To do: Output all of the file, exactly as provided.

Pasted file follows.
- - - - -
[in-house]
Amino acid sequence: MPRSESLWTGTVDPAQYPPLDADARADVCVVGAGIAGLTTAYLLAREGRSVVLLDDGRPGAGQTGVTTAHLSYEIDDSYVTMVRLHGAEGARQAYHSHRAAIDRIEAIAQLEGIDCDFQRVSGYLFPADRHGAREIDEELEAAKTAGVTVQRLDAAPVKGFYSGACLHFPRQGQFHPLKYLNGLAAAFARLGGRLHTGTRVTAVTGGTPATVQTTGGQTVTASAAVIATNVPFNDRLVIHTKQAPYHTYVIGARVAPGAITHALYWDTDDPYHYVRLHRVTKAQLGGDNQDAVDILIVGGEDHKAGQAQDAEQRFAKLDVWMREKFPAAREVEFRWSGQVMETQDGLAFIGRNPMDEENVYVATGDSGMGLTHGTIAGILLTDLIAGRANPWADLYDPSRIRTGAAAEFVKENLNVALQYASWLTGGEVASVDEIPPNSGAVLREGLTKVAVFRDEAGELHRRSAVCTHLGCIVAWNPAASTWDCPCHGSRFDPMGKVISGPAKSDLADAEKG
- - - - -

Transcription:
[in-house]
Amino acid sequence: MPRSESLWTGTVDPAQYPPLDADARADVCVVGAGIAGLTTAYLLAREGRSVVLLDDGRPGAGQTGVTTAHLSYEIDDSYVTMVRLHGAEGARQAYHSHRAAIDRIEAIAQLEGIDCDFQRVSGYLFPADRHGAREIDEELEAAKTAGVTVQRLDAAPVKGFYSGACLHFPRQGQFHPLKYLNGLAAAFARLGGRLHTGTRVTAVTGGTPATVQTTGGQTVTASAAVIATNVPFNDRLVIHTKQAPYHTYVIGARVAPGAITHALYWDTDDPYHYVRLHRVTKAQLGGDNQDAVDILIVGGEDHKAGQAQDAEQRFAKLDVWMREKFPAAREVEFRWSGQVMETQDGLAFIGRNPMDEENVYVATGDSGMGLTHGTIAGILLTDLIAGRANPWADLYDPSRIRTGAAAEFVKENLNVALQYASWLTGGEVASVDEIPPNSGAVLREGLTKVAVFRDEAGELHRRSAVCTHLGCIVAWNPAASTWDCPCHGSRFDPMGKVISGPAKSDLADAEKG